Sunday, November 6, 2016

Monday Reading


          Visit Jen at Teach MentorTexts and Kellee and Ricki at UnleashingReaders to see what they've been reading, along with everyone else who link up. I'm still in the midst of reading for the Cybils poetry, round one. I reviewed a few this week, and some picture books. My favorite PBs are below.

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          Young Noah and his grandpa have lovely times together. Grandpa asks "What's on the docket?" every day, and Noah has plenty of things to answer. But then Grandpa stops asking, and Noah wonders about that but tries hard to do things anyway. The story deepens as we see Grandpa fading away, sadly even in the illustrations which are masterfully done by Katie Kath. As Grandpa's memory fades, so does his illustration. One day, Noah wakes him from a nap and he doesn't recognize Noah. Alzheimer's is a tricky disease and no one can show exactly what happens, but in this story, there is some happiness because Noah discovers that Grandpa remembers some of their songs. Some happy times remain, and Grandma helps out too, by asking "What's on the docket?" For those who need to talk about this heart-breaking topic with family or other young children, this story will help. It's beautifully done.


           This book was published last year in Australia. I imagine a broad range of people finding something good to carry with them from it. The metaphor lies with a young boy who must leave home, carrying only a teacup of earth from that home with him. He's floating out to sea, and it's both calm and raging as he travels. Magical good things begin to happen as his story unfolds, especially sustenance held by an apple tree growing in the boat gave him shelter and a coziness "just perfect for daydreaming". When one faces hard times, daydreams might be the only path to overcoming challenges. The illustrations fill the story with varied emotions in lovely double-page spreads. I loved the idea of the story that's filled with hope.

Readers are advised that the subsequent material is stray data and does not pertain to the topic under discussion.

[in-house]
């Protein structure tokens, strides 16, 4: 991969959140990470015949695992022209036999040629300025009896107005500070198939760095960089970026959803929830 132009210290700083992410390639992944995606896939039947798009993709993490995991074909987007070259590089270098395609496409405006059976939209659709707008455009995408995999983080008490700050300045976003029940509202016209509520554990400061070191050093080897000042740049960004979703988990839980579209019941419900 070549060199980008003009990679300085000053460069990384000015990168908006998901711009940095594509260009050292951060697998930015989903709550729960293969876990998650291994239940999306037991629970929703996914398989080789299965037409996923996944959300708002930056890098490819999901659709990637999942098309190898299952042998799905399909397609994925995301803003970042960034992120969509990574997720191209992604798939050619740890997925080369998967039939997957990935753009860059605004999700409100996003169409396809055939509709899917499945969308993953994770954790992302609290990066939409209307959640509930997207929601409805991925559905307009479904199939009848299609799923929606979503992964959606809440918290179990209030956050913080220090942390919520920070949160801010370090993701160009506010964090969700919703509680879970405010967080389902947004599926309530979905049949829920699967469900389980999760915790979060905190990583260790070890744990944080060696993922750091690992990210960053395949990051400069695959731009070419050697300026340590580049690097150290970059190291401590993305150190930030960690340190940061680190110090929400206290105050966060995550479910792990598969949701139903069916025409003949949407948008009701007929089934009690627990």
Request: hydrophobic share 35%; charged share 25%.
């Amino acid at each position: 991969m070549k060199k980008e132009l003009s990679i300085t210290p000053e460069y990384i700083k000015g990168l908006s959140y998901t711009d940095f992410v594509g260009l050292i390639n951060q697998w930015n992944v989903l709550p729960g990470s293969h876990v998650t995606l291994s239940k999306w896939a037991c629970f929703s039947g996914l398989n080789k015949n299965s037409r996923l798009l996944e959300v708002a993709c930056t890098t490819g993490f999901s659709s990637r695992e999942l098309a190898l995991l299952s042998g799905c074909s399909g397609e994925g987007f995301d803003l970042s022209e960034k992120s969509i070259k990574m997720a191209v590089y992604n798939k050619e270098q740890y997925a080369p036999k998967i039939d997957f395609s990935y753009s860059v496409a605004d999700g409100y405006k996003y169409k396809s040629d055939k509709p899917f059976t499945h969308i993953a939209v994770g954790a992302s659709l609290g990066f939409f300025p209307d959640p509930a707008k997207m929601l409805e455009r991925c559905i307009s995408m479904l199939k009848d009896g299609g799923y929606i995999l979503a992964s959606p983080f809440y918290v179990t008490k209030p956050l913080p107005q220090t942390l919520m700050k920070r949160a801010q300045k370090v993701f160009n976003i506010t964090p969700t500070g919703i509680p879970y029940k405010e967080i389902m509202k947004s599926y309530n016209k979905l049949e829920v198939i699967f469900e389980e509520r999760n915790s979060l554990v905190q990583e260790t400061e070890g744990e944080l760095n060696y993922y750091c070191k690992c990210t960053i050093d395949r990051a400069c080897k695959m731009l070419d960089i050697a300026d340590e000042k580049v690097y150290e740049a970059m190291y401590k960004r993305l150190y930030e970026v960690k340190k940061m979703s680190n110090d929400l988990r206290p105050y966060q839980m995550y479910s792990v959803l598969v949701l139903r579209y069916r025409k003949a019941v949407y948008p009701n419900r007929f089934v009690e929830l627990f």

It's hard to imagine every classroom not having this book and returning to it more than once, for good conversations, for making plans, for savoring the story of how to live a good life. It's the second story crafted to help us all learn about Gandhi's teaching, illustrated with the warmth of his words while showing his grandson a way of living.











         What great fun that Elephant and Piggie are introducing their favorite books. Their presence is evident in the end papers, including pigeon; and in the introduction and conclusion. They only make an appearance in those places, but the story introduces four friends with a big problem, three cookies to share. It's a funny story with a "delicious" way to introduce fractional parts and how to solve them!









Still reading:  I'm enjoying learning about the life of techie Paul  English in A Truck Full of Money by Tracy Kidder. Among other things, he was the creator of the website, Kayak. I have The Poet's Dog by Patricia MacLachlan and hope to get to it soon!
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22 comments:

  1. I've heard a lot of good things about What a Beautiful morning, but haven't read it yet. Be the Change sounds like a must have. I'll definitely check it out. I read The Poet's Dog, but I just didn't connect with it. Everyone else seems to enjoy it though.

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    1. I'm glad to hear your opinion of A Poet's Dog, Lisa. I usually love Patricia Maclachlan's books. Will see! Yes, Be The Change is for everyone!

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  2. Love the choices! I have heard wonderful things about What a Beautiful Morning as well and can't wait to read it. The Cybils poetry reading sounds interesting too and best of luck with that.